Edit : this page was featured on engadget! Thanks for the love!
(THIS PAGE WON’T LOOK GOOD ON MOBILE, make sure Vimeo links are playing in 720p)
The way a computer monitor displays colours is to mix various intensities of red, green and blue light. A typical monitor can display 256 levels of intensity of each of the three colours, giving 256x256x256 ~ 16 million different colours, which can be expressed in 24 bits of information. The following looping animation contains every 24-bit colour exactly once in one of its pixels in one of it’s frames (at least the uncompressed mp4 I uploaded to vimeo did). It has 256 frames, 256×256 pixels apiece.
It’s a bit small, so most of the animations that follow are actually 256 frames of 512×512 (every colour appears 4 times). The following uses the same algorithm as the first one, just bigger.
There are animations that look quite different to this below.
Code that generated these is here.
About 18 months ago, there was a challenge on codegolf to produce images using every 8-bit colour for exactly one pixel. I wrote a scala implementation of the winning post, ‘rainbow smoke’ due to fejesjoco. It produces images where pixels’ colours are generally very similar to their neighbours, producing a nice painting-like effect, dubbed ‘rainbow smoke’ by it’s creator.
Recently I found my scala code on github, and a thought occured – instead of colouring a 2d array of pixels, why not try colouring a 3d array? Since a video is essentially just a 3d array of pixels (or voxels), with one of the dimensions being time – this would produce a video where every colour appears exactly once, and hopefully the video would change smoothly over time, in the same way that the 2d version changes smoothly in space. I tried to colour a 256x256x256 cube, which produces a video 256 frames long which are 256×256 side. Here was my very first attempt :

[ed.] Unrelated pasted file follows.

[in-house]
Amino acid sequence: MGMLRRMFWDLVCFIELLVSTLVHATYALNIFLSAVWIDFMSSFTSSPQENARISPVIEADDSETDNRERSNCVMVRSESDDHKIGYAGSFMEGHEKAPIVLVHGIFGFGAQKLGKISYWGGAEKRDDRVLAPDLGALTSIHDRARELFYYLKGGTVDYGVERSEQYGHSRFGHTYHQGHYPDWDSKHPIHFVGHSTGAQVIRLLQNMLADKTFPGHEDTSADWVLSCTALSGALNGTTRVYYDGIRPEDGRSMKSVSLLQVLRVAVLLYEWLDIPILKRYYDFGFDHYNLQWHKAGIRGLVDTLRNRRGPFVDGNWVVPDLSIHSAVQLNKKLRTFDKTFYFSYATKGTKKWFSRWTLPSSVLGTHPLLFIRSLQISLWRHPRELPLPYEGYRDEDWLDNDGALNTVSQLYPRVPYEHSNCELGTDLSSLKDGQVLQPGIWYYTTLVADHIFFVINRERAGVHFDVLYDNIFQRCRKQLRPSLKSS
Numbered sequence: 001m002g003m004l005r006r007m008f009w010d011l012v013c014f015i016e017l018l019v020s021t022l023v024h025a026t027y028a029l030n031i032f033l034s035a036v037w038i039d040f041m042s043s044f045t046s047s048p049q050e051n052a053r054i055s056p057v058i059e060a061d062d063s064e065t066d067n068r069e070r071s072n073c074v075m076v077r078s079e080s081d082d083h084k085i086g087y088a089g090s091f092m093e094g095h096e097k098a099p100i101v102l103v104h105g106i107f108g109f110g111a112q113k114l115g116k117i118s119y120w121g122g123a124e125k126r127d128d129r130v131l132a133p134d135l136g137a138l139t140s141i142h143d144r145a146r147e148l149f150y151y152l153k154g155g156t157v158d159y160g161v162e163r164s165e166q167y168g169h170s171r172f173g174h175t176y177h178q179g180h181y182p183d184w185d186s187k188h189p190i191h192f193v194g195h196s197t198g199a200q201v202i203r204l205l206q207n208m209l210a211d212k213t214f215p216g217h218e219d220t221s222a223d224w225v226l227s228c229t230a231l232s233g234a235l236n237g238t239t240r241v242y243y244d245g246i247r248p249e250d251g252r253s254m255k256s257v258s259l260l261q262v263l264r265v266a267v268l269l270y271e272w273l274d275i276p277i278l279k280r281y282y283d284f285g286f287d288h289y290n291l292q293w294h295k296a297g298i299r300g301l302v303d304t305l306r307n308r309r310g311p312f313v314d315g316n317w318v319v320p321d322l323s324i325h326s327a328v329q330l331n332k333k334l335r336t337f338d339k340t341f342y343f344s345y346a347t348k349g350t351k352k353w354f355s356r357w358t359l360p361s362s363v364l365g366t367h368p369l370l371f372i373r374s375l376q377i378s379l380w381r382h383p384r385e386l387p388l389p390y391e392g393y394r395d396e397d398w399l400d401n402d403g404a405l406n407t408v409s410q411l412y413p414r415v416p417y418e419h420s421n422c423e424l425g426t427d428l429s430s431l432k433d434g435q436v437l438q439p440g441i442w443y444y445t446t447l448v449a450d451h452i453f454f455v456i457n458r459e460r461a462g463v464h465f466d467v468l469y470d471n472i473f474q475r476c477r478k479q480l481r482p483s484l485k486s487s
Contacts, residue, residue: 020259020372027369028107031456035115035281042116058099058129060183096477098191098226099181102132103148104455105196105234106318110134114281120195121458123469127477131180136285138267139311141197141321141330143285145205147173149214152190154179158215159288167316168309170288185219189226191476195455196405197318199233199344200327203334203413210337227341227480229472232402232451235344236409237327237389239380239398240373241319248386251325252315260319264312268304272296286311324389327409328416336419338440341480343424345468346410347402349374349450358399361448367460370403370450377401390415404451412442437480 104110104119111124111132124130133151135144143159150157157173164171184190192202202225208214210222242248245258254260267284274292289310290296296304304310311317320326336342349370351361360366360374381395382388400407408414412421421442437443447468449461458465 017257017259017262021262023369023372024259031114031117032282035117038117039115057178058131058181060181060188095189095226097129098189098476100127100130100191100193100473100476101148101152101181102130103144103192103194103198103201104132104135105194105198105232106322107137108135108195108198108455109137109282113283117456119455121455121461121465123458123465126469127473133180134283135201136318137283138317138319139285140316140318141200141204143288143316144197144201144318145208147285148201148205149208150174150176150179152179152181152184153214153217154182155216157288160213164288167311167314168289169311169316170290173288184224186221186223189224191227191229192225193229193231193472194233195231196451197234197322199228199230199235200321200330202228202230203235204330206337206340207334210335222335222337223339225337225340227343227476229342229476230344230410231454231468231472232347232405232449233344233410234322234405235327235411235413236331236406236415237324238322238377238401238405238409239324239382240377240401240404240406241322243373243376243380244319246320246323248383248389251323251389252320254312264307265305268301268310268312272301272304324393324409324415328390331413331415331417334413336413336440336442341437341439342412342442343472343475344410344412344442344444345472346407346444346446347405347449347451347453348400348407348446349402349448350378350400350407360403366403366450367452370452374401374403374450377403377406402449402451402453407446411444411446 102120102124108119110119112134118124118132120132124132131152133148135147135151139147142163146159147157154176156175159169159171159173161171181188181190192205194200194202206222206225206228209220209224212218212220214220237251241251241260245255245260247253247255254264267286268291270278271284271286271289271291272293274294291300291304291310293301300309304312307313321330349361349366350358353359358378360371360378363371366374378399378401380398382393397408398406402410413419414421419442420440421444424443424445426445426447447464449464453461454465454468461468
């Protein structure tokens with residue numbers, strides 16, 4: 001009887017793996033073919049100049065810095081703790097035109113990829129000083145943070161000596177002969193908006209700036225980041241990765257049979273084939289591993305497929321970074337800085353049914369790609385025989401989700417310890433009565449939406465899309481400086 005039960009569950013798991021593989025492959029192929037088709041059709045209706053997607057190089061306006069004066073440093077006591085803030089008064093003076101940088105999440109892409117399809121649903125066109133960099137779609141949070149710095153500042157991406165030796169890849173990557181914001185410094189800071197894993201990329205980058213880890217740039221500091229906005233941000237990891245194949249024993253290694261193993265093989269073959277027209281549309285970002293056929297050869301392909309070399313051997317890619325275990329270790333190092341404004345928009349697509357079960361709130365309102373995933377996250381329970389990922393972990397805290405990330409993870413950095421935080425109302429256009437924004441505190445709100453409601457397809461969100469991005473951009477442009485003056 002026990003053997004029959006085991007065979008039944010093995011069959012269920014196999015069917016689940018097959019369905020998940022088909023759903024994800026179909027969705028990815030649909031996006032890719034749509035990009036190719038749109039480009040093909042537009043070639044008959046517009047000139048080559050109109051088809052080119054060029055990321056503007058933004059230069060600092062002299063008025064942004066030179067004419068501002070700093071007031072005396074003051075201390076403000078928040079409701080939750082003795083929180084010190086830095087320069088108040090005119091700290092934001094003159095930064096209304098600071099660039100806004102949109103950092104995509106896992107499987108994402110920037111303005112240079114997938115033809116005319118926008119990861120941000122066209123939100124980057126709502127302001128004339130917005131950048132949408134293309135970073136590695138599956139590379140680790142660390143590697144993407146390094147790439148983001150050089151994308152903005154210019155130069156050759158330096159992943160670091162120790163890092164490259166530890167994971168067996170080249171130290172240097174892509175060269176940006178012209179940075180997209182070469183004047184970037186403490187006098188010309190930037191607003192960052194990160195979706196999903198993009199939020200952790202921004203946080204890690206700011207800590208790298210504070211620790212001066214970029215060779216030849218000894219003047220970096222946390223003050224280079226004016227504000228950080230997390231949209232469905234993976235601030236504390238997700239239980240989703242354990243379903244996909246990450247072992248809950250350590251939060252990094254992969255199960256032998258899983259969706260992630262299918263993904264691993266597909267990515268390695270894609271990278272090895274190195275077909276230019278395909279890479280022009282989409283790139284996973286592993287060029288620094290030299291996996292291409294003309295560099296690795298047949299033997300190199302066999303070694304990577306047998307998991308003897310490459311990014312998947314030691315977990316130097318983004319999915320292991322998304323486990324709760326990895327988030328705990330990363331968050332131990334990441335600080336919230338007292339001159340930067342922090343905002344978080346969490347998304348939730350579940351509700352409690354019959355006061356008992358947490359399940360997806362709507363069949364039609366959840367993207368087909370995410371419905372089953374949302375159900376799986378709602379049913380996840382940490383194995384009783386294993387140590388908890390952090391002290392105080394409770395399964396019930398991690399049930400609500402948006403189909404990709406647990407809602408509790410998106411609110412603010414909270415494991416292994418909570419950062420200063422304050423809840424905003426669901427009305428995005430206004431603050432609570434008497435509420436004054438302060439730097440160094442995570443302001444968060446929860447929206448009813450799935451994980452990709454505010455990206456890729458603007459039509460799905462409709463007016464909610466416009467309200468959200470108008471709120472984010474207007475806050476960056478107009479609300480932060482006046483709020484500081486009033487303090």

Pretty fuzzy in retrospect, and I quickly decided that 256×256 was a bit small. I rewrote my code in julia so that it could handle 512x512x256 images, and started playing around with a bunch of parameters.
I found that improving the way the algorithm searches for available neighbours (the ‘rgb-cubes’ detailed in the code section) produced much more structured results.
In my many trial and errors, I sometimes stumbled upon pretty weird ones.
My favourite kind to date, and the one that most reminds me of the original ‘rainbow smoke’ oil-painting effect came out with some settings, when there was just one seed point. Here is the last animation in this post.
First we explain the algorithm in vague terms. As mentioned before, this is not original, but due to joco. We form the list of all RGB colours (possibly duplicated). Next we reorder them in a manner of our choosing. We create an empty cube of voxels, pick n voxels at random and mark them as ‘available’. Then we iterate through the colour list, find the best voxel from our list of availables, then colour the voxel as that colour. Finally we delete the voxel from the list of availables, and add all of it’s non-coloured neighbours to the available set. To create a loop, we wrap the two ends which correspond to the first and last frames, so that these two frames are ‘neighbours’.